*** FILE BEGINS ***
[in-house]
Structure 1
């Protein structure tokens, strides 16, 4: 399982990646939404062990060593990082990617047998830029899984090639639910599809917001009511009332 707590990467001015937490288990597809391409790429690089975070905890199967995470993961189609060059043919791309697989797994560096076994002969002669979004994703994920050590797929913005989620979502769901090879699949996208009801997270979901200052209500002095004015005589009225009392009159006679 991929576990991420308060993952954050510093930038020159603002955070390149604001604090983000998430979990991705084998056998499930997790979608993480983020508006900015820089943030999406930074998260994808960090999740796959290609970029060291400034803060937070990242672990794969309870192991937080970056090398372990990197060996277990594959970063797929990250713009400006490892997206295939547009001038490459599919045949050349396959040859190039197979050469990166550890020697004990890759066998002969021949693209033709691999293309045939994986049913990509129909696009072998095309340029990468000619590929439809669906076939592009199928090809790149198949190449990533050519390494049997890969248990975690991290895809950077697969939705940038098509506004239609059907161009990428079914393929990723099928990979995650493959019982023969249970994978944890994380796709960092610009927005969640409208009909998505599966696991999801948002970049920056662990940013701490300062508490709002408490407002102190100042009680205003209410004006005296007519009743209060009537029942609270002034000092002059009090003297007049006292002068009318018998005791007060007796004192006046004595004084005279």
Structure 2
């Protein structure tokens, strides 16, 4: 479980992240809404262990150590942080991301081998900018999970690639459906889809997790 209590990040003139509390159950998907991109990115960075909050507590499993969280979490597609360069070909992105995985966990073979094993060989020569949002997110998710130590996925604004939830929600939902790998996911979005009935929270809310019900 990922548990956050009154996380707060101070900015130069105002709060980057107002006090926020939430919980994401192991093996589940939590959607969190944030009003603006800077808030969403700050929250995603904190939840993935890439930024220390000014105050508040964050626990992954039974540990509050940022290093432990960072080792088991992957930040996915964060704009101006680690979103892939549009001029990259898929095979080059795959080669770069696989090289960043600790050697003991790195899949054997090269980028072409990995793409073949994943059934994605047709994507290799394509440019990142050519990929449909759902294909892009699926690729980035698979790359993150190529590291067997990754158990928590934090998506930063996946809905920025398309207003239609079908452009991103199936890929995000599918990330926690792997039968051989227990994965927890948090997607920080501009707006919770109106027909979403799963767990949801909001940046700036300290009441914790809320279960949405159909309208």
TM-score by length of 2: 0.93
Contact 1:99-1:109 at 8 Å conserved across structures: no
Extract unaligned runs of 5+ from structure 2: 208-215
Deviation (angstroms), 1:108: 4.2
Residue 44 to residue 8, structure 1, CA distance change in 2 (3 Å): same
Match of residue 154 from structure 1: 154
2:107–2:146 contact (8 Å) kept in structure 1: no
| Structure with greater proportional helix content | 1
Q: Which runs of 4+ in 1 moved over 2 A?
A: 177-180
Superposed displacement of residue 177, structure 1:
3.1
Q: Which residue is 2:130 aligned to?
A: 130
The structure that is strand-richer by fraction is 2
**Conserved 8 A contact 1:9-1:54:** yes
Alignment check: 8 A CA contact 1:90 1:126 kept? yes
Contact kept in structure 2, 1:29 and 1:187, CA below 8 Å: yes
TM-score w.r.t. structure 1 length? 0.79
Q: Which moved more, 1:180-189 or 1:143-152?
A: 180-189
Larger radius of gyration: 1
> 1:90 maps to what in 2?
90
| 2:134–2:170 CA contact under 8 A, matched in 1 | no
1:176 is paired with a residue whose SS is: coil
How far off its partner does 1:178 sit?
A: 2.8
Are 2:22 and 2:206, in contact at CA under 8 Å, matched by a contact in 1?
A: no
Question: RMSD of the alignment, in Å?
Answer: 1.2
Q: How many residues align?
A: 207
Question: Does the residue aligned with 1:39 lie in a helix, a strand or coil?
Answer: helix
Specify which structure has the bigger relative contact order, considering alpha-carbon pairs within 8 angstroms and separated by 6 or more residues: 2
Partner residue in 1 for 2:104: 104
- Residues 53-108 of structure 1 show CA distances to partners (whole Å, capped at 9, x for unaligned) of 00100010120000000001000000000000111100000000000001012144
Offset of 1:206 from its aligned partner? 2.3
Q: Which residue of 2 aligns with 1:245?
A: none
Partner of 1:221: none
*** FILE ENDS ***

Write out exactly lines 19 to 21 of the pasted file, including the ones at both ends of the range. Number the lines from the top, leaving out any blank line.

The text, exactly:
A: 130
The structure that is strand-richer by fraction is 2
**Conserved 8 A contact 1:9-1:54:** yes